Cyber Safety Review Board Rings Alarm Bells for Shared Responsibility in the Cloud

The Cyber Safety Review Board (CSRB) of the Department of Homeland Security is now embarking on its third cyber vulnerability review since the body was created in February 2022. During August, when lots of people were on summer vacation, a critical vulnerability in the authentication process for Azure Active Directory was exposed.  

As with the two vulnerabilities the CSRB reviewed previously - Log4J in July of 2022 and Lapsus$ also in August of 2023 – the Azure Active Directory vulnerability highlights significant challenges in terms of remediation, due to the sprawling nature of cloud resources and their direct and indirect dependencies on assets that might, or might not, be affected.  

Even for large organizations with sizeable security teams, navigating a complex dependency graph to understand which resources have dependencies on affected assets is a challenge. For SaaS startups with perhaps a handful of people building out their technology stack, such investigations are impossible.  

As a result, the findings of the CSRB’s reports and its recommendations for best practice build a strong case for contextually aware cloud security practices.  

How does this affect you (and everyone else)? 

In its most recent announcement, the CSRB made it clear that identity access management (IAM) and authentication are in focus due to being one of the most vulnerable areas in a cloud environment. Identity management vulnerabilities are a key entry point for hackers, and SaaS companies and large enterprises are falling victim repeatedly. From IAM misconfigurations that CTOs and developers miss when setting up and managing their environment, to cloud service provider bugs, this area needs critical attention to ensure safe and secure cloud environments. 

Did I just say cloud service provider bugs?  

Yes, I did. The incident in question that kicked off this latest review less than two months ago, was the discovery of a critical vulnerability in the authentication process for Azure Active Directory (soon to be renamed Microsoft Entra ID) that was allowing hackers to fabricate authentication tokens. Around 25 organizations including US government entities were impacted by this bug before it was discovered, with attackers stealing mailbox data and obtaining access to sensitive emails.  

For cloud native organizations building their entire business on public cloud platforms, this shared responsibility model is one of the most misunderstood (or ignored) aspects.  

When the terms & conditions say that the cloud is a ‘shared responsibility’, it really is. It’s the cloud service provider’s job to secure the platform or infrastructure, and your job to secure the apps and data, and if one party fails (in this case, the cloud service provider – Microsoft Azure), your company, and potentially your customers and partners, are left exposed.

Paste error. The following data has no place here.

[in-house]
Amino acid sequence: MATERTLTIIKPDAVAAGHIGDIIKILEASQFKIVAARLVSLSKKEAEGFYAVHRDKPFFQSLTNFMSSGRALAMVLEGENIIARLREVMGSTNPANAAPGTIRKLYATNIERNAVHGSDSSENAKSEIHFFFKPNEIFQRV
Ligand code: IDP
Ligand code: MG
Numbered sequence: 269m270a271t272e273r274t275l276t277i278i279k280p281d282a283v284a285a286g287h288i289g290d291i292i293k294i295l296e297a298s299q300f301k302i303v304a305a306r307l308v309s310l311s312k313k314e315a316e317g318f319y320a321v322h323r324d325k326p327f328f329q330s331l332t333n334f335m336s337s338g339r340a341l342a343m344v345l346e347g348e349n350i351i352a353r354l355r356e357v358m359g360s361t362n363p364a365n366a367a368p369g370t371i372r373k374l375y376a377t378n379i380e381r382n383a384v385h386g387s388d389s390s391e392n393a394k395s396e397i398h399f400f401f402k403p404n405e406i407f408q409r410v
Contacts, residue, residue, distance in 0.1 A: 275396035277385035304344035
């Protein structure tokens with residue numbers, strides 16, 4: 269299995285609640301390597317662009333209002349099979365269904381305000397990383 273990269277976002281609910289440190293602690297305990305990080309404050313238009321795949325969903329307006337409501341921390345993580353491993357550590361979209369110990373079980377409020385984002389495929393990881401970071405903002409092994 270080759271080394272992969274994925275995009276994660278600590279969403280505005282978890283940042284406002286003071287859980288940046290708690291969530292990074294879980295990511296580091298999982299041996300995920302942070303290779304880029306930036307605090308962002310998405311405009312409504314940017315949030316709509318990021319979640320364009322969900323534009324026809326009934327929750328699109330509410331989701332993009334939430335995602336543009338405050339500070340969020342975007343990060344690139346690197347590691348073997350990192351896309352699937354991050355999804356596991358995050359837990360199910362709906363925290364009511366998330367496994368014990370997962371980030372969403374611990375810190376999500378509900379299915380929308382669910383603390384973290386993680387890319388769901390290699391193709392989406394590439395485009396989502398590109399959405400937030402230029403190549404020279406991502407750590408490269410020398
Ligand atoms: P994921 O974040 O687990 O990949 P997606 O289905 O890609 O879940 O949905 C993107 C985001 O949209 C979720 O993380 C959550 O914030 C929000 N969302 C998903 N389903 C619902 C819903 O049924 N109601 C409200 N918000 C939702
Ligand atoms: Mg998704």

The CSRB’s previous two reports on Log4j and Lapsus$ have been very thorough and made some great recommendations that we hope will advance cybersecurity practices, which is why we’re eagerly waiting for CSRB’s report on cloud security. It not only promises a thorough set of recommendations for CISOs, CTOs, and developers, but it will also sound the alarm for cloud service providers.  

Although the Cyber Safety Review Board has no regulatory power, its findings are transmitted to US President Biden and used to develop Executive Orders, so we can expect to see its influence in regulations such as HIPAA, and perhaps best practices adopted into SOC 2, ISO 27001, and others. 

The importance of contextual security 

What’s become evident is that simply informing businesses and cloud providers of the discovery of far-reaching misconfigurations and vulnerabilities is not enough. In fact, the potential workload created by responding to these challenges can be just as dangerous in that it can consume all an organization’s security resources.  

Context is important and contextual security is the most significant development in cloud infrastructure security in recent years. Identifying that a VM has the Log4J vulnerability is not the same as saying that an Internet-facing VM has the same vulnerability. Of course, they are both just as vulnerable, but if the first VM is running in a private network, the severity is not as high as for the one accessible from the Internet. The risk is not the same, but the alert will be, and we all know alert fatigue is a very real problem.  

Wrong prioritization, or no prioritization at all, can make all the difference between a secure cloud environment and a breach.

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